Sonja Åkesson

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Sonja Åkesson
Sonja Åkesson 1968.JPG
Sonja Åkesson, 1968.
Born (1926-04-19)19 April 1926
Buttle, Gotland
Died 5 May 1977(1977-05-05) (aged 51)
Occupation Poet
Known for Feminism

Sonja Åkesson (19 April 1926 – 5 May 1977) was a Swedish poet, writer, and artist born in Buttle, Gotland.[1][2]


Sonja Åkesson first discovered her talent for writing at 28 after moving to Stockholm, after her divorce from Nils Westberg, a carpenter. They had two children at the time of the divorce and Sonja was expecting a baby (not her husband’s). The baby died from leukemia at the age of two.[1]

In 1956, Sonja married Bo Holmberg and had her fourth child, Mikael.[1] The following year she published her first collection of poems: Situationer ("Situations"). In 1963 she became a household name in Sweden after publishing Husfrid. She became known for her distinct style of writing, describing daily life and commenting on society.[3] The feminist movement embraced Åkesson's work and often cited it. The most famous of her poems is probably "äktenskapsfrågan" (the question of marriage).[2] This is often referred to as "vara vit mans slav" (to be the slave of a white man) as this is repeated throughout the poem.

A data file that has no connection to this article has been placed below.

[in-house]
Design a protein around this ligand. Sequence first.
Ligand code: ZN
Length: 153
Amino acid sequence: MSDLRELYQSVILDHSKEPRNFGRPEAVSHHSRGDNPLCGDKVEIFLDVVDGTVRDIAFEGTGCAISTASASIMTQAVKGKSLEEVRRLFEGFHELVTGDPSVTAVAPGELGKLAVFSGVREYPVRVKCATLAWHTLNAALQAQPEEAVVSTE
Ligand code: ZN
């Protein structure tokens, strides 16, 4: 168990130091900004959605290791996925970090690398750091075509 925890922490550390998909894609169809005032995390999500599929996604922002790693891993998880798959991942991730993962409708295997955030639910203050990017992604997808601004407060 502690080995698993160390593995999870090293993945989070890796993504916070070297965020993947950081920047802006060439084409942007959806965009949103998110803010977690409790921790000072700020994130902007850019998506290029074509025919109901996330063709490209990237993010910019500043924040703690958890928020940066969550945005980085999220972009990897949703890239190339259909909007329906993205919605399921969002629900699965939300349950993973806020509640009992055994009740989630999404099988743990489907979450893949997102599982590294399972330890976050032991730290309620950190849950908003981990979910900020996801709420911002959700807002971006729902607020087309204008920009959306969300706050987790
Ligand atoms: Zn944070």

After nine years of marriage, she divorced Bo Holmberg in 1965. She married Jarl Hammarberg, a Swedish artist and poet, and gave birth to her fifth child, Gertie.[1] Sonja Åkesson moved to Halmstad in the 1970s after suffering from mental illness, and in 1977 she died from liver cancer.[1]


Her works include:[2]


  • Situationer (1957)
  • Glasveranda (1959)
  • Husfrid (1963)
  • Pris (1968)
  • Sagan om Siv (1974)


  • Skvallerspegel (1960)
  • Leva livet (1961)
  • Efter balen (1962)

Her manuscripts and other papers are held within the Women’s History Collections, Gothenburg University, Sweden.[4]


  1. ^ a b c d e "Sonja Åkesson 1926–1977". Retrieved 1 May 2011. 
  2. ^ a b c Hans-Erik Johannesson. "Sonja Akesson – Poems and Biography". Poetry Connection. Archived from the original on 26 August 2011. Retrieved 1 May 2011. 
  3. ^ Håkan Sandgren (11 January 2007). Nordic Women, Symbiotic Poetry (PDF). p. 661. Retrieved 1 May 2011. 
  4. ^ Berith Backlund (8 August 2008). "Women's History Collections, Gothenburg University, Sweden – Activities 2006–2008" (PDF). Archived from the original (PDF) on 21 July 2011. Retrieved 1 May 2011. 

External links[edit]